Experiential marketing post-covid: A question that is keeping experiential marketers up at night is what form events and experiential marketing will have once the world returns to normal. Michael Goldstein, VP and Head of Sponsorships North America, Mastercard and Michael Tasevski, VP, Global Sponsorship at Scotiabank provide their points of view. KPIs to measure virtual events success and more….
How will experiential marketing evolve in a post Covid world? Will events be virtual, hybrid or in-person? The answer to this question has very wide implications. Not only is the answer highly relevant to the US $325 billion a year event industry, but also to the media industry as live sports events ratings dropped by as much as 50% during the pandemic (e.g. a decline of 49% in NBA finals and 61% in NHL finals) as the absence or scarcity of fans in the stands may have dulled the excitement around watching events. (Sports betting operator DraftKings, who is a big sports ad spender, had to shift budgets out of TV as live sports has lost some of its allure).
What do experiential brand marketers belonging to Portada’s knowledge-sharing system think about the mix of live and in-person events in a post-covid world?
“My thinking is as follows – you will definitely see more of a mix as the world returns to normal of virtual vs. in-person events relative to how things worked prior to Covid,” Michael Goldstein, VP and Head of sponsorships North America, at Mastercard tells Portada.
“Beforehand it was almost all in-person but we have learned that virtual events really do bring something to the table and consumers and customers like them. In-person events will still be there and be a big focus, but it will be more of a mix between the two in my POV,” Goldstein adds.
Another experiential brand marketer in the Portada network says that “Everybody is clamoring to go back to in-person, but virtual events will maintain an important role after the pandemic. Overall, we think the whole balance between sports events, consumer interactions and brands will change substantially and will be more based on digital communication than before COVID. For now, lots of brands don’t want to overstep. No one wants to be the first one out there to be doing something unsafe. e.g. build a big stadium.”
Experiential Marketing Post-Covid: Opportunities in VR and AR….
Mike Tasevski, who manages global sponsorships at Scotiabank, seems to agree: “We dont see affinity, engagement and passion towards sports and soccer changing, it will always be there. What we do see is a continued shift in how people consume sports and soccer and how properties and brands interact with their fans. We need to continue to create new innovative ways to provide experiences and see opportunities in virtual and augmented reality.”
Tasevski, whose main responsibilities at Scotiabank include experiential marketing, adds that he uses “loyalty programs targeted on customer offers and growing benefits along with technology like virtual reality and augmented reality. When we look at virtual and augmented there is an opportunity from a revenue stream where you can purchase products branded products and so forth.”
Virtual Events are Here to Stay
For most experiential brand marketers consulted by Portada virtual events are here to stay. Virtual event attendees seem to agree: according to a just released survey by Eventbrite called 2020 “Inside Look Report” which analyzes more than one million global virtual experiences, “for the foreseeable future, virtual events are highly likely to remain both necessary and popular. Across the board, half of the respondents in the survey said they plan to attend both virtual and in-person events when it is safe to gather again.” Nearly one in five men (19%) went as far as to say that online events and social platforms have allowed them to forge social connections better than they would have made in real life.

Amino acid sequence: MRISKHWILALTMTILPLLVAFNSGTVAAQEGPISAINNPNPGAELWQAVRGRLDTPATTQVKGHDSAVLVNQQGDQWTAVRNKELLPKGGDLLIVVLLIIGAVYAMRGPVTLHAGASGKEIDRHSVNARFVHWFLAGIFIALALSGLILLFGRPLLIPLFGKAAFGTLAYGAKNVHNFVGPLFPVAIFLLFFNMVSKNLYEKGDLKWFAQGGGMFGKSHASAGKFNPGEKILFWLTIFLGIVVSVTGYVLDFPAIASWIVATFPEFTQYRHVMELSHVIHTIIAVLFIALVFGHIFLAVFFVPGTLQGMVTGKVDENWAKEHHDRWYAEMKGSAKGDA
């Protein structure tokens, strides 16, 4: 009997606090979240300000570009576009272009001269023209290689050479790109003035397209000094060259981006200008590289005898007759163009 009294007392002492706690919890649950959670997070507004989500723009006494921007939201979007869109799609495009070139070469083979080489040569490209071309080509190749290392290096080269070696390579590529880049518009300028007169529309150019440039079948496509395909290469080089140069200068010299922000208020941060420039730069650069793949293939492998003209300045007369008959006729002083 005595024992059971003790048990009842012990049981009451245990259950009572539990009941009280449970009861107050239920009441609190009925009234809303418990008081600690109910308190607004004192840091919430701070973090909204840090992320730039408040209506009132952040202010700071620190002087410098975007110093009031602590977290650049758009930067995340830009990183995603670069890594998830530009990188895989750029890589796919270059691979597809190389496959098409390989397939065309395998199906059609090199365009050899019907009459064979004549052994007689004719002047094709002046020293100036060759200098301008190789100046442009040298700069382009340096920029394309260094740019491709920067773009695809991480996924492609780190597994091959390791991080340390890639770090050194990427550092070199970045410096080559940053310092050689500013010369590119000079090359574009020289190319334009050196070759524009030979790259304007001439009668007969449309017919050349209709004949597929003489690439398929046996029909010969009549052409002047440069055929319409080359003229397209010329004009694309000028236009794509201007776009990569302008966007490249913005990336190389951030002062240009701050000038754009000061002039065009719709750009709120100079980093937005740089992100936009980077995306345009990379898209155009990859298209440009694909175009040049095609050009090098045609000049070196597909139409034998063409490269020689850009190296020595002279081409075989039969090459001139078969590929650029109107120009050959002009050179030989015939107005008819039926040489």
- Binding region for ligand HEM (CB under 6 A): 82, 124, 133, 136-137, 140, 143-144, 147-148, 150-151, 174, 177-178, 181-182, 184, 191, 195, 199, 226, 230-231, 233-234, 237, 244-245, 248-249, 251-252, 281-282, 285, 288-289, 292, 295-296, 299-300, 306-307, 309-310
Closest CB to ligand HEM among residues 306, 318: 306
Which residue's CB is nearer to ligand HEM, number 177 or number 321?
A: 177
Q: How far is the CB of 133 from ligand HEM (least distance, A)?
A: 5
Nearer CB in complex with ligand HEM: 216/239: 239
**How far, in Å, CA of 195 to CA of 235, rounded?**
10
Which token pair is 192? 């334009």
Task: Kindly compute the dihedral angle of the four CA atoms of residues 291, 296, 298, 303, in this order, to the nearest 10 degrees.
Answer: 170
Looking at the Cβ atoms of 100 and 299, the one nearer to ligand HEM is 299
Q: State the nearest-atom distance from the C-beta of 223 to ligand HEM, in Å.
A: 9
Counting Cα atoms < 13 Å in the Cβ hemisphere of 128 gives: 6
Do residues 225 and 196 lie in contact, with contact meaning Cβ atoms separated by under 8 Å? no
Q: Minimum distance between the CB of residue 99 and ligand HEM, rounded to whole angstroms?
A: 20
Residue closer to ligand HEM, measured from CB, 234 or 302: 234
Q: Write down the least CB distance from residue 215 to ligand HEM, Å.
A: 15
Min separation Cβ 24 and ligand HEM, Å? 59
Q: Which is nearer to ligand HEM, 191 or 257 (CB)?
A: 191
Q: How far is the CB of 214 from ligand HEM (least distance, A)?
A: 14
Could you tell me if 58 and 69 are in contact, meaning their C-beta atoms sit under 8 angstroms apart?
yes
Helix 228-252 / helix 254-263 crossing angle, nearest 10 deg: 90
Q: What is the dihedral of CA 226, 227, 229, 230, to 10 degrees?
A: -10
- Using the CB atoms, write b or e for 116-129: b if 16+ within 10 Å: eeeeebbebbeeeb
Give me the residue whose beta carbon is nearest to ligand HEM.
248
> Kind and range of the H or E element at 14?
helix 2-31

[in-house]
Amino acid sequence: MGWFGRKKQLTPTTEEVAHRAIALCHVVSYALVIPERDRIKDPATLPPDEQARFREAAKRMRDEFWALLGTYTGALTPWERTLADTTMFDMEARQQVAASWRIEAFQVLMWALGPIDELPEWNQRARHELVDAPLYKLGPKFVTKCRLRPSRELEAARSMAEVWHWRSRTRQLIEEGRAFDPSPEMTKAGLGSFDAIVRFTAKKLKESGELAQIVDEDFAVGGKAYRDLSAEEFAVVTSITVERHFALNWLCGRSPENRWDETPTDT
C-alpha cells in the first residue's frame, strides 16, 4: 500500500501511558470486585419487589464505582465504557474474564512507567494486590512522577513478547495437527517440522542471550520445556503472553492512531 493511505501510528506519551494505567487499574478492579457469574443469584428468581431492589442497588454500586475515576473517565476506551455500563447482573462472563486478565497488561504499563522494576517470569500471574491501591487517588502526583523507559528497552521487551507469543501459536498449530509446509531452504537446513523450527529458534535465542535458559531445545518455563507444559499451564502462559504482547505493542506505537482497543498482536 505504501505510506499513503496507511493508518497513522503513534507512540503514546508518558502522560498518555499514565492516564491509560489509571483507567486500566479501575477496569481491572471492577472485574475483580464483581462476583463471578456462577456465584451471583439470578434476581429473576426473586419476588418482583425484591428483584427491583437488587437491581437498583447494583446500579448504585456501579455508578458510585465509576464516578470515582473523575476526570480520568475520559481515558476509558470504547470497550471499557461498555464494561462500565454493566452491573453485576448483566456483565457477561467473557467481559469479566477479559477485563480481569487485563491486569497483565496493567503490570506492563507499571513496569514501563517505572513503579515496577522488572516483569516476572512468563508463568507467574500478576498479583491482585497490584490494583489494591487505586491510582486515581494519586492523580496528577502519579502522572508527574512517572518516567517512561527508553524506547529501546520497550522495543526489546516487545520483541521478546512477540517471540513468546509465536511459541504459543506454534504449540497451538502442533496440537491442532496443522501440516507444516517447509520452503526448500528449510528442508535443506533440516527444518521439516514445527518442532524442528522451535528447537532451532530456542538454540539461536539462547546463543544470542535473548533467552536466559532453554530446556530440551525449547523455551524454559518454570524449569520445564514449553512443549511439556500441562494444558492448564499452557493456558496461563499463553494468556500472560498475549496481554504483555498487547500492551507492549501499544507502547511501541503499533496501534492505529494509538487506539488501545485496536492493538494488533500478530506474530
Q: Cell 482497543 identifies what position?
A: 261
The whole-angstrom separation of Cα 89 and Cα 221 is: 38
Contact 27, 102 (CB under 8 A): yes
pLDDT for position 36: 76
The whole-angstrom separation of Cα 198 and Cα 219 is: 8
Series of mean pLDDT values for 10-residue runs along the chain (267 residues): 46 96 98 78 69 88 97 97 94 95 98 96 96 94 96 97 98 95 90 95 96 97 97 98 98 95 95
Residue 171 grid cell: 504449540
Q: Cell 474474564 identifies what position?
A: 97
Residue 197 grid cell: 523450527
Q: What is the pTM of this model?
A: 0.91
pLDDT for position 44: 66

“Perhaps the silver lining of this pandemic is that online events have the power to globally engage communities in new ways, helping creators bring people together from small town America to far reaching corners of the world,” says Julia Hartz, co-founder and CEO of Eventbrite. “That’s something to celebrate as we continue to work toward the safe return of in-person events,” she adds.
Experiential Marketing Post-Covid: KPIs to Measure Virtual Event Success
A key question regarding post-covid experiential marketing is how key performance indicators related to engagement, awareness and conversion should be measured at virtual events (vs. in-person events). Of course, as Juhi Purswani Content Developer at Event Management Company Hubilo notes: “Unless the audience feels engaged, your virtual conference is a big FAIL.”
The overall approach to virtual event KPIs, according to event marketing experts in the Portada network, is to look at it across the full funnel from awareness down to trial. While awareness is always a primary metric and objective, savvy experiential marketers are equally interested in measuring the consideration and conversation aspects of the program or promotion.
Additionally, whereas awareness at in-person events was once measured by attendance figures, now it’s a matter of how long you are keeping them engaged and what actions the consumer is willing to take based on this experience.
The measurement of conversion (e.g. product sales online and in-store) has also shifted with the preponderance of virtual events. Metrics are no longer about the consumer on-site or at the event, but rather the actions they are taking during or, in many more cases, before the experience.